We note at the outset that a district court's grant of a preliminary injunction is reviewable only for abuse of discretion. United States v. Jefferson County, 720 F.2d 1511, 1519 (11th Cir. 1983). That discretion is guided by four prerequisites. The movant must show: (1) a substantial likelihood that he will ultimately prevail on the merits; (2) that he will suffer irreparable injury unless the injunction issues; (3) that the threatened injury to the movant outweighs whatever damage the proposed injunction may cause the opposing party; and (4) that the injunction, if issued, would not be adverse to the public interest. Id. at 1519; West Point-Pepperell, Inc. v. Donovan, 689 F.2d 950, 956 (11th Cir. 1982); Southern Monorail Co. v. Robbins & Myers, Inc., 666 F.2d 185, 186 (11th Cir. 1982). "The preliminary injunction is an extraordinary and drastic remedy not to be granted unless the movant 'clearly carries the burden of persuasion' as to the four prerequisites." United States v. Jefferson County, 720 F.2d at 1519 (quoting Canal Authority v. Callaway, 489 F.2d 567, 573 (5th Cir. 1974)). The lower court abused its discretion in granting a preliminary injunction in this case because petitioners failed to make the requisite showing that they were likely to succeed on the merits.

An investigation of the statutory and regulatory framework of exclusion procedures shows that the powers of the district director to stay the deportation of excluded aliens is limited to special circumstances not present in this case. Further, the district director is entirely powerless to grant asylum or withhold deportation once exclusion proceedings have commenced. Petitioners, therefore, had no chance to prevail on the merits of their claim that the district director should have stayed their deportation, and thus the district court abused its discretion in granting a preliminary injunction.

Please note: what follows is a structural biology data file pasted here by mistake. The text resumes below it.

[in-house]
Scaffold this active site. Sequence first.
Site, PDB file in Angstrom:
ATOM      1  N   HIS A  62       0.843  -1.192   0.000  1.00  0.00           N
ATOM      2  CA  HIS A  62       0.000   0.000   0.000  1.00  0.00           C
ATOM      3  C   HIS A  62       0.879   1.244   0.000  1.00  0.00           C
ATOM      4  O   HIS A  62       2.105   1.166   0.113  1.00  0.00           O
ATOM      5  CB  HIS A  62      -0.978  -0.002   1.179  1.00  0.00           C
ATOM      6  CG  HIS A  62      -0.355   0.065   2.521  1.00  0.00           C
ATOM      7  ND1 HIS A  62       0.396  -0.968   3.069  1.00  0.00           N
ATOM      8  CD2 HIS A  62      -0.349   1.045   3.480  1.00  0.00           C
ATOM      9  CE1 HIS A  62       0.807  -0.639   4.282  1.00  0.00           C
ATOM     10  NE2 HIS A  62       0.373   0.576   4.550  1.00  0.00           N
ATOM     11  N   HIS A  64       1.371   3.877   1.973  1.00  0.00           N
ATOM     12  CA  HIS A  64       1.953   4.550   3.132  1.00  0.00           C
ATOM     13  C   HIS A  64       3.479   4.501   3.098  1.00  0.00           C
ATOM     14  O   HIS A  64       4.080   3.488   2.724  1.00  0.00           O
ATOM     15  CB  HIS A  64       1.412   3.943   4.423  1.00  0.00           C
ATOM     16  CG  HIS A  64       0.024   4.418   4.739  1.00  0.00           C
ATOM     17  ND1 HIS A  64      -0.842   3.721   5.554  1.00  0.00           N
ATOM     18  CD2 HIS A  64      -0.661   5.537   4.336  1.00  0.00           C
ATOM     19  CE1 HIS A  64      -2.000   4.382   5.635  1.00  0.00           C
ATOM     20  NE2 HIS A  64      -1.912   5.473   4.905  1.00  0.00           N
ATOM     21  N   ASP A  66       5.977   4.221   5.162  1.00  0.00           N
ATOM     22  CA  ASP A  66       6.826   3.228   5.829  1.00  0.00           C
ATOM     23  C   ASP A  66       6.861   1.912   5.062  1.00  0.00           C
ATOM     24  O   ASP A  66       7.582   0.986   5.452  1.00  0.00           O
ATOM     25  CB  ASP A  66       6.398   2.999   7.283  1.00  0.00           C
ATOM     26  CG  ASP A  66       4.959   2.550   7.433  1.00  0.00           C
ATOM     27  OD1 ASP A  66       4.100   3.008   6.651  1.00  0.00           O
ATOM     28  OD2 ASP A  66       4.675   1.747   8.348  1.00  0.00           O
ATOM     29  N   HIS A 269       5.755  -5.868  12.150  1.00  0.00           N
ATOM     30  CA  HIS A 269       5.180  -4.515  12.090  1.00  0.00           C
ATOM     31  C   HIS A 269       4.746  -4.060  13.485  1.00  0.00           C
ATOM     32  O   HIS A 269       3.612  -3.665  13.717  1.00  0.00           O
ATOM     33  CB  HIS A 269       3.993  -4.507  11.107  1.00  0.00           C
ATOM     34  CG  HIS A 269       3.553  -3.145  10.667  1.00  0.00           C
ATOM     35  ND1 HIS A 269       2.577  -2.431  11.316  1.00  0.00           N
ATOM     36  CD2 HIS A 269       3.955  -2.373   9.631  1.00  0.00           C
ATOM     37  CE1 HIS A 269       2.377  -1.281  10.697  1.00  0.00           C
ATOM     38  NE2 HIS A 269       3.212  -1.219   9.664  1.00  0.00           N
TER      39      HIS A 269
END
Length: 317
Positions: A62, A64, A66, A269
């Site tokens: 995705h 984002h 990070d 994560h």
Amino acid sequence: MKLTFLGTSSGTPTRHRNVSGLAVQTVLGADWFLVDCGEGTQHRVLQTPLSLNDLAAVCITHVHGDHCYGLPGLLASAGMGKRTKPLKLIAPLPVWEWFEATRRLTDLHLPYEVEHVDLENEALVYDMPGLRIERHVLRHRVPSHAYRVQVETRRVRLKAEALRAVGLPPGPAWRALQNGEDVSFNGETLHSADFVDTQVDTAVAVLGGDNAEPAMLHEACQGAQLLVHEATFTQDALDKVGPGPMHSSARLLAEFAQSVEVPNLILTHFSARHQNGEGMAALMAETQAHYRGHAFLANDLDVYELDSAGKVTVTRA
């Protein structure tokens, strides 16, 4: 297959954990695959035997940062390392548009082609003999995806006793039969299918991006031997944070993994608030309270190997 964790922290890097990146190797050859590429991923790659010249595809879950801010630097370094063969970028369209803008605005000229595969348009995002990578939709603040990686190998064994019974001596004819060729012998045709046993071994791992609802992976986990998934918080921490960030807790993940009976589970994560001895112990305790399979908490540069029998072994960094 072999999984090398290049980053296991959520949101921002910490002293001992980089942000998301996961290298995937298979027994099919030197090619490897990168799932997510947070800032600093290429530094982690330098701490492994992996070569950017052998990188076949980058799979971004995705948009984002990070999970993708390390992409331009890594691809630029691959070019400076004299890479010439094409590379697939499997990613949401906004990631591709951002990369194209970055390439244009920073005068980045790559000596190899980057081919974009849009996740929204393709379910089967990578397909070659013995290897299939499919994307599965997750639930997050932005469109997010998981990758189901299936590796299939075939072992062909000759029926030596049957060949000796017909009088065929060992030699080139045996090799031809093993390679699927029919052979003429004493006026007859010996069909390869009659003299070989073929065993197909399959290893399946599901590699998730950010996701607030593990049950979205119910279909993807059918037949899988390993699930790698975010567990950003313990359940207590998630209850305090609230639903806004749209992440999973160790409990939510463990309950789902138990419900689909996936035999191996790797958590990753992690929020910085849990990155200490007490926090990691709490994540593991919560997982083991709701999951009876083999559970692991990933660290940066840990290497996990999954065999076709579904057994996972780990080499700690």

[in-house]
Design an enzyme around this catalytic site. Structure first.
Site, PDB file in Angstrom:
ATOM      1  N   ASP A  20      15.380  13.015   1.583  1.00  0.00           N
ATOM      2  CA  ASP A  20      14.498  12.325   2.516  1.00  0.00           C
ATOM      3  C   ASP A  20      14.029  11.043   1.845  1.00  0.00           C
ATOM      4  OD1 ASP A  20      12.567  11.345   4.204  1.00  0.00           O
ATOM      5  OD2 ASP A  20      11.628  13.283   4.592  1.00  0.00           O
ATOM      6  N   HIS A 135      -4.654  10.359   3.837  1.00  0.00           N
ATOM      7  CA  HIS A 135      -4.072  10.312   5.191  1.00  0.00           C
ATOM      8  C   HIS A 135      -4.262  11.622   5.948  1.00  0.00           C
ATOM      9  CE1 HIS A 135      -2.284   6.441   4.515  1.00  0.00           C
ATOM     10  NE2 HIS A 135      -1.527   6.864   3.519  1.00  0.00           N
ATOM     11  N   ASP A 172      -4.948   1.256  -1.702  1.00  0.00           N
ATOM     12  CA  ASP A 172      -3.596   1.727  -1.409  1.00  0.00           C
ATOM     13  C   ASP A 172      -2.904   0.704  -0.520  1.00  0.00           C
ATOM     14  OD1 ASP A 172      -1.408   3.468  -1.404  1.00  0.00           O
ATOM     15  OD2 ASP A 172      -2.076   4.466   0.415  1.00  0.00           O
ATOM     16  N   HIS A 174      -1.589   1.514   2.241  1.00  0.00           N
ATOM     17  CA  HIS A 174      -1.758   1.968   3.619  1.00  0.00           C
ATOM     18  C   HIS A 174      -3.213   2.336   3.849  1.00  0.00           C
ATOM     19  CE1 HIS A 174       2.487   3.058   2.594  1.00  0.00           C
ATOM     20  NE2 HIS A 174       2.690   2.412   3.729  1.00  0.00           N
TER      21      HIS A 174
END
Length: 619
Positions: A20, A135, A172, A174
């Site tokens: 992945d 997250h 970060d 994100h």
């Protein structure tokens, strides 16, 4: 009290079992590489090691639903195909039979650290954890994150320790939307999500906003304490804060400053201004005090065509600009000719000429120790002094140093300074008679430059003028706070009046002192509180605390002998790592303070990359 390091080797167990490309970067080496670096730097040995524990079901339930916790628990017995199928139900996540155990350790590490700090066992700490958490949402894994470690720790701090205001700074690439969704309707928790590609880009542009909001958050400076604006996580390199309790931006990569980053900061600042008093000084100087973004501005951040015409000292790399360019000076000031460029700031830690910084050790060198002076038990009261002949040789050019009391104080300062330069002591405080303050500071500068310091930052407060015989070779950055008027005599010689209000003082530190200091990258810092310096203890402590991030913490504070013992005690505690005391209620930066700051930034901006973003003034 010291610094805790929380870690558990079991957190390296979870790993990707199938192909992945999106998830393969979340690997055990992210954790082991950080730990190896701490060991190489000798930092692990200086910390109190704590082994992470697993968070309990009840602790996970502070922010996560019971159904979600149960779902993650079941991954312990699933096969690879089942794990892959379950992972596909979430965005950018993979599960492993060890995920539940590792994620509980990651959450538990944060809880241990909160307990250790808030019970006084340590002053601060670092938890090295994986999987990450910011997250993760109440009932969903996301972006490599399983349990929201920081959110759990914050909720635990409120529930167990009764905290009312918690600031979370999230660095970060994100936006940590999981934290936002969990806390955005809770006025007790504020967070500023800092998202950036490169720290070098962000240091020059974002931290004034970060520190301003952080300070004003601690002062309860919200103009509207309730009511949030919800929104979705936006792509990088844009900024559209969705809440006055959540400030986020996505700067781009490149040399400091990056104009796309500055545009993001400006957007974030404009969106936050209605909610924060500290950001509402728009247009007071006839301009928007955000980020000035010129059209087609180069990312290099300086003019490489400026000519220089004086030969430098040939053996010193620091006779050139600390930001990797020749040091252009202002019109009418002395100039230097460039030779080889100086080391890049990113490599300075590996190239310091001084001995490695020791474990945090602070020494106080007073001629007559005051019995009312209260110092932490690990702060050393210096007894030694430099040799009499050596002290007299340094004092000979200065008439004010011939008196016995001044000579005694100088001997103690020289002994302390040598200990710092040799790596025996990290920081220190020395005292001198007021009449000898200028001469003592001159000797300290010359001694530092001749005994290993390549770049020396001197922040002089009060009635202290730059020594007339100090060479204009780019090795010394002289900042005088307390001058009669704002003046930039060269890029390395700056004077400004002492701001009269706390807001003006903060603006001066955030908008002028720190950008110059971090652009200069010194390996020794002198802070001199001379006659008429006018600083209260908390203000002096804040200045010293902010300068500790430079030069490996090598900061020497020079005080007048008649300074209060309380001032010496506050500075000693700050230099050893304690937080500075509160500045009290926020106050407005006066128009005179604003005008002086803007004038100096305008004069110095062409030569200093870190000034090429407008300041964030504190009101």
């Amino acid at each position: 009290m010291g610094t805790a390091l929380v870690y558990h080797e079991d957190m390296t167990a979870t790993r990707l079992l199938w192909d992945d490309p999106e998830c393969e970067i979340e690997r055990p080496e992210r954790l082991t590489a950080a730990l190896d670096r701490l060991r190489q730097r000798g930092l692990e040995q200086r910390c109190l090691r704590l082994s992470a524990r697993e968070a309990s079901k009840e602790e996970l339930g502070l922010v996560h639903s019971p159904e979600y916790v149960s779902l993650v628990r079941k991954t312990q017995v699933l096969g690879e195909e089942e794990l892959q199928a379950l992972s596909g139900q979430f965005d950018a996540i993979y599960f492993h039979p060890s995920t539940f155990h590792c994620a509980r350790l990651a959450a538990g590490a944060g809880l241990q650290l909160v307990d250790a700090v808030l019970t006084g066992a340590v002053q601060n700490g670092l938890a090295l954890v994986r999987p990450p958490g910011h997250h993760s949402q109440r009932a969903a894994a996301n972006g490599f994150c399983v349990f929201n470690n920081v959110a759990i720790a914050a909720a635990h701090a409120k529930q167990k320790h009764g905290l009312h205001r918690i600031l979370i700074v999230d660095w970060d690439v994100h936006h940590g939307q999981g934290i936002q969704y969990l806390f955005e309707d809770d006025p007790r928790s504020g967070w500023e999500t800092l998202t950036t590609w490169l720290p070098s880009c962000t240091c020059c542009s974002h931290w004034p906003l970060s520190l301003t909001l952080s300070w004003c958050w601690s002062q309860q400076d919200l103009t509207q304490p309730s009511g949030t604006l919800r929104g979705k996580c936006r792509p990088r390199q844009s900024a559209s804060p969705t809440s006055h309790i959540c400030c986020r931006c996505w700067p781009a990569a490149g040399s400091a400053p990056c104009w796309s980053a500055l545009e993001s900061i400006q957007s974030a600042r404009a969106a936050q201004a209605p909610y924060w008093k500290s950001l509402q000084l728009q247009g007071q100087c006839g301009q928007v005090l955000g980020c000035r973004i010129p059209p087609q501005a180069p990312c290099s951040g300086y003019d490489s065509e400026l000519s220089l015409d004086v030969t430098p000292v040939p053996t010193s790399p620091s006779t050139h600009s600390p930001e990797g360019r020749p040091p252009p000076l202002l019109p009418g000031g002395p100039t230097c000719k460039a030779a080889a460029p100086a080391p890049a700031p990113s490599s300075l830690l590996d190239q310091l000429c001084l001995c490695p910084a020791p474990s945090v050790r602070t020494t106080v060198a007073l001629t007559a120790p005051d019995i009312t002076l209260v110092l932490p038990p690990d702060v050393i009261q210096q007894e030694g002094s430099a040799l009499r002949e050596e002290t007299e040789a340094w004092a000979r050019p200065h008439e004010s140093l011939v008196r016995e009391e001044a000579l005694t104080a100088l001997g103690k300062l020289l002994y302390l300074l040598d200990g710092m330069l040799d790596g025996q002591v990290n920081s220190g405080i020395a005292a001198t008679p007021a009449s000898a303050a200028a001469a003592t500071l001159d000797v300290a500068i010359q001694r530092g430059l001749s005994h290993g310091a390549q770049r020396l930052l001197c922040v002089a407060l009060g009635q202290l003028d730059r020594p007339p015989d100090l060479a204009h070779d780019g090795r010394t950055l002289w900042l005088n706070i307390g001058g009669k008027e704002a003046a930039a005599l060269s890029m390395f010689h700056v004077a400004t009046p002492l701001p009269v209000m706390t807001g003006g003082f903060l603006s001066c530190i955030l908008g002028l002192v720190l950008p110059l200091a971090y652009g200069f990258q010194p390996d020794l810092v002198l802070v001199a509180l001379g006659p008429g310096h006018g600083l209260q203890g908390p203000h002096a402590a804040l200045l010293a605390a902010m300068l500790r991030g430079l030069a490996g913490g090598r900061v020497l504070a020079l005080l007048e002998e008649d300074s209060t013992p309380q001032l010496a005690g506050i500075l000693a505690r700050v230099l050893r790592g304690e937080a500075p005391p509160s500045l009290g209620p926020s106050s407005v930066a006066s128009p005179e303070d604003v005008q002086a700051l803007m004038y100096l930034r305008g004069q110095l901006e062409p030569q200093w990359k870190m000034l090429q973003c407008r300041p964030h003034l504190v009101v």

We begin our discussion with an examination of the powers and duties of the district director10  and the immigration judge in the context of exclusion proceedings. An alien arriving at a port of the United States may be examined by an immigration officer. 8 U.S.C. § 1225(a) (1982); 8 C.F.R. Sec. 235.1 (1985). If the examining officer is unable to find that the alien is "clearly and beyond a doubt" entitled to enter into the United States, he must detain him for further inquiry before an immigration judge.11  Pursuant to 8 U.S.C. § 1226(a) (1982) and 8 C.F.R. Sec. 236.2 (1985) the immigration judge conducts a formal hearing, including the presentation of evidence and testimony under oath. The immigration judge's decision as to exclusion is final, 8 C.F.R. Sec. 236.6 (1985), unless the alien or the district director appeals to the BIA. If the BIA finds the alien excludable, the alien's only avenue of review is before the appropriate district court. 8 U.S.C. § 1105a(b) (1982). Once the determination to exclude an alien becomes final, the district director in charge of the alien must immediately deport him. 8 U.S.C. § 1227(a) (1982); 8 C.F.R. Sec. 237 (1985). The district director may only exercise his discretion not to deport an excluded alien in two limited situations: (1) where he concludes that immediate deportation is not practicable or proper (for example, where transportation cannot be arranged),12  or (2) where the Attorney General determines that the alien's testimony on behalf of the United States is necessary for prosecution of violations of the law. 8 U.S.C. § 1227(a), (d) (1982); 8 C.F.R. Sec. 237.1 (1985).13